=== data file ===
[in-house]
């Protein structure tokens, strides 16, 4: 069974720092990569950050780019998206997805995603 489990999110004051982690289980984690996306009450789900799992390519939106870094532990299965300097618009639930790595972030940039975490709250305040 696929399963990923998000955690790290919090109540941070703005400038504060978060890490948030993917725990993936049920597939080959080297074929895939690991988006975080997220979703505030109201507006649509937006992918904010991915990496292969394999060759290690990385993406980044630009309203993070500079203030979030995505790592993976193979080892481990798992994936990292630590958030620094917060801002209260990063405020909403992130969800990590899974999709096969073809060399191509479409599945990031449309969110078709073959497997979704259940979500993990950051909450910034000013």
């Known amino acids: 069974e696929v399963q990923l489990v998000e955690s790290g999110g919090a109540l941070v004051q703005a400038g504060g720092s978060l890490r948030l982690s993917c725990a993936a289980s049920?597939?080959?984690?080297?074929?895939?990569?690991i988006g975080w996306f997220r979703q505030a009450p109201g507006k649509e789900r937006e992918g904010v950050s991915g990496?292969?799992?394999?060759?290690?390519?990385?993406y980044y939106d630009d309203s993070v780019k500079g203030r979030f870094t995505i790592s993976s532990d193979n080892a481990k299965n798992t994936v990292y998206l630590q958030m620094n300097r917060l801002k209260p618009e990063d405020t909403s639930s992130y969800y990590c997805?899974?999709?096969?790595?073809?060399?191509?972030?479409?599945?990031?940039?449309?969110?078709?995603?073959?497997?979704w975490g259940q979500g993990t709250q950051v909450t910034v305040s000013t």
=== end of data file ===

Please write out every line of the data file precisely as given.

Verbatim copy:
[in-house]
């Protein structure tokens, strides 16, 4: 069974720092990569950050780019998206997805995603 489990999110004051982690289980984690996306009450789900799992390519939106870094532990299965300097618009639930790595972030940039975490709250305040 696929399963990923998000955690790290919090109540941070703005400038504060978060890490948030993917725990993936049920597939080959080297074929895939690991988006975080997220979703505030109201507006649509937006992918904010991915990496292969394999060759290690990385993406980044630009309203993070500079203030979030995505790592993976193979080892481990798992994936990292630590958030620094917060801002209260990063405020909403992130969800990590899974999709096969073809060399191509479409599945990031449309969110078709073959497997979704259940979500993990950051909450910034000013």
């Known amino acids: 069974e696929v399963q990923l489990v998000e955690s790290g999110g919090a109540l941070v004051q703005a400038g504060g720092s978060l890490r948030l982690s993917c725990a993936a289980s049920?597939?080959?984690?080297?074929?895939?990569?690991i988006g975080w996306f997220r979703q505030a009450p109201g507006k649509e789900r937006e992918g904010v950050s991915g990496?292969?799992?394999?060759?290690?390519?990385?993406y980044y939106d630009d309203s993070v780019k500079g203030r979030f870094t995505i790592s993976s532990d193979n080892a481990k299965n798992t994936v990292y998206l630590q958030m620094n300097r917060l801002k209260p618009e990063d405020t909403s639930s992130y969800y990590c997805?899974?999709?096969?790595?073809?060399?191509?972030?479409?599945?990031?940039?449309?969110?078709?995603?073959?497997?979704w975490g259940q979500g993990t709250q950051v909450t910034v305040s000013t």